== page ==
NATO fighters scramble as increase in Russian planes reported around Black Sea
NATO warplanes based at a Romanian air base intercepted Russian fighters approaching NATO territory at least four times in the space of 20 days, according to a report on Friday.
During the incidents, Russian fighters based in Crimea flew along the Black Sea towards NATO territory before turning back, Air Force Magazine reported.
“You have more Russian planes flying around the Black Sea,” Spanish Lieutenant General Fernando De La Cruz Caravaca, commander of NATO’s Combined Air Operations Center, told the magazine. “We react every time a Russian plane flies into the Black Sea,” he added. “We have to be sure that we are there, ready, in front of them, just in case.”
The news is the latest as Russian bombers and fighters continue to operate near or in NATO airspace following Russia’s invasion of Ukraine in late February.
“Nearly six weeks ago, the war in Ukraine began, and the war in Ukraine continues to rage, devastating lives and destroying cities,” NATO Secretary General Jens Stoltenberg said Thursday during a of the meeting of the North Atlantic Council of Foreign Ministers. “We continue to exert unprecedented pressure on [Russian President Vladimir] Putin to end the war and reiterate our ironclad commitment to defending every inch of Allied territory. »
At the end of March, NATO reported that allied jet planes rushed 10 times in one day to follow Russian military planes over the North Atlantic, the North Sea, the Black Sea and the Baltic Sea, intercepting six groups of aircraft near Allied airspace in less than six hours.
“The interception of several groups of Russian aircraft demonstrates the readiness and ability of NATO forces to protect Allied skies 24 hours a day, 7 days a week, 365 days a year,” said the brigadier. Gen. Andrew Hansen, deputy chief of staff for operations at Allied Air Command, Ramstein, Germany, said following the March 29 incidents.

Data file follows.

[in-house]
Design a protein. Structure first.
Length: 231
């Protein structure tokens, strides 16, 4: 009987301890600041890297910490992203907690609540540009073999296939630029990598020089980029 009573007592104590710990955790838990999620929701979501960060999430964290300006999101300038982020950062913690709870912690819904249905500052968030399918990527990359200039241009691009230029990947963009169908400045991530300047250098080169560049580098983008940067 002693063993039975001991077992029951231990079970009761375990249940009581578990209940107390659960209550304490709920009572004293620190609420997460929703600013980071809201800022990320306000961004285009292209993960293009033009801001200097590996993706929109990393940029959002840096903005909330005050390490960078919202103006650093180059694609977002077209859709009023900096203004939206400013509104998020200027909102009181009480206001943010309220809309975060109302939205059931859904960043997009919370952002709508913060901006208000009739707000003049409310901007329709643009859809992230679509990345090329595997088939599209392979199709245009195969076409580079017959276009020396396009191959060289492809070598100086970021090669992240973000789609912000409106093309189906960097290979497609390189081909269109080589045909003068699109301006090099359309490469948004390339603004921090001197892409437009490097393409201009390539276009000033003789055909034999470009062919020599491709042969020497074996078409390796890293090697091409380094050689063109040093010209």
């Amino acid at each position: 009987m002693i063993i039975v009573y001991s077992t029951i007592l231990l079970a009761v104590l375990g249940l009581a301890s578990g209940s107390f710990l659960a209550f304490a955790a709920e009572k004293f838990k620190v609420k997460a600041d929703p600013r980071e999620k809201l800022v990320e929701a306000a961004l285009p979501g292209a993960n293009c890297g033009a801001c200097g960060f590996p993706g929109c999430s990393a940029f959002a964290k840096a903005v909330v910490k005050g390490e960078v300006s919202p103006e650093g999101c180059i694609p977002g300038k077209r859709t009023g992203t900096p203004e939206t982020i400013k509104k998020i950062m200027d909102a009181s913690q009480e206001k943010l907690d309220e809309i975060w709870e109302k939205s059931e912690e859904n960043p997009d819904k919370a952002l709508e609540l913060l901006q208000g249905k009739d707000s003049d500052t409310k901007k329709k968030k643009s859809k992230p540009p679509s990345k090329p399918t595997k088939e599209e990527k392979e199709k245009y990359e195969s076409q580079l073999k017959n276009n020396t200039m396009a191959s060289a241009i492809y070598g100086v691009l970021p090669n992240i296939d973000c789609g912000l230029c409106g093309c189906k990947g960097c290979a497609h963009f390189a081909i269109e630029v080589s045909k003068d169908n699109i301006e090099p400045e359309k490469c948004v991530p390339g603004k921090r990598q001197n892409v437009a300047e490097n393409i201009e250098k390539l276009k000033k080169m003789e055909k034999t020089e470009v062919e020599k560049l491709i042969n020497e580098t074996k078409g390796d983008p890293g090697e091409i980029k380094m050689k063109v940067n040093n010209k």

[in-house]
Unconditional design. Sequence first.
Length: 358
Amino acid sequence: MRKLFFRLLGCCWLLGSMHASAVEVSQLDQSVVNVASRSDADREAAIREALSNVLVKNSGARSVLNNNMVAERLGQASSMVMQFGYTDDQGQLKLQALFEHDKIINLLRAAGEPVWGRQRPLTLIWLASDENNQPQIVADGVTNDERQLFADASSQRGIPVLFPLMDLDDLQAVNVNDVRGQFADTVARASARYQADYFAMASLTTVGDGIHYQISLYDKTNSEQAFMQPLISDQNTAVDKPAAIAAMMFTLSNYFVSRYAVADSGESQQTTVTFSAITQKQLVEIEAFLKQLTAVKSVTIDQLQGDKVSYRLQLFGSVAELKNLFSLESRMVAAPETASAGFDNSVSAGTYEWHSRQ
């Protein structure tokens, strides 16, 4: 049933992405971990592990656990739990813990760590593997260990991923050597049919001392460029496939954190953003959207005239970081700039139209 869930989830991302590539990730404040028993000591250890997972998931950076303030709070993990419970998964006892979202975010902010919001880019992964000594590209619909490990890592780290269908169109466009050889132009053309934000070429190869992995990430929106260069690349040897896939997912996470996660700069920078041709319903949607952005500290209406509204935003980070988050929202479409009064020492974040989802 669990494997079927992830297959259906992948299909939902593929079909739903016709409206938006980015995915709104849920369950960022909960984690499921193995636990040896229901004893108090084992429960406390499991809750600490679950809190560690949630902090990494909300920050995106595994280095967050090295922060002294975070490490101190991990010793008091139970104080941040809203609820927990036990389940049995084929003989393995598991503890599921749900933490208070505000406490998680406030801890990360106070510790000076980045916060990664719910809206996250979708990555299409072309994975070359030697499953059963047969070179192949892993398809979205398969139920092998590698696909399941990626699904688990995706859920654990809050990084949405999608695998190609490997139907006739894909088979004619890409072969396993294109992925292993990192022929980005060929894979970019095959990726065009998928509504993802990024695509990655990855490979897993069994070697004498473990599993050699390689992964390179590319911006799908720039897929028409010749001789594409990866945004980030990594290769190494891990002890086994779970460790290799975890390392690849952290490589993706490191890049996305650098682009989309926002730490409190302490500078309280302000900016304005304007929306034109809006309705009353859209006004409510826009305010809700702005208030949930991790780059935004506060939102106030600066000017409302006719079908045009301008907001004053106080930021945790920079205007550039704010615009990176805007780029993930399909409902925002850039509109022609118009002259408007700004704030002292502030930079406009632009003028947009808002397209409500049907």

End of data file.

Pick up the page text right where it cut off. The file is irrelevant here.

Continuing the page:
The interceptions come as NATO nations continue to focus on bolstering the alliance’s eastern flank, while providing military aid to the Ukrainian military. The United States has increased its troop strength in Europe to more than 100,000 troops from 80,000 in mid-February, Pentagon spokesman John Kirby said Friday.
“There is nothing easy when it comes to Ukraine, not for Ukrainians, certainly, not for NATO, not for individual nations, like the United States trying to support Ukraine,” said Kirby. “Nothing is easy about this. And we are working incredibly hard on an unprecedented scale to help another nation fight back. »
Last week, the United States Marine Corps deployed a command and control unit of 200 Marines to Siauliai Air Base in Lithuania in support of NATO’s defense posture. The Corps also repositioned 10 F/A-18C Hornets and two KC-130J Hercules aerial tankers, as well as 200 Marines from Marine Fighter Attack Squadron (VMFA) 312 and Aerial Refueler Training Squadron (VMGR) 252 at Lask Air Force Base. Poland.
“These deployments will enhance our deterrent and defensive presence alongside our NATO allies,” a spokesman for U.S. European Command (EUCOM) said. FLYING in an email.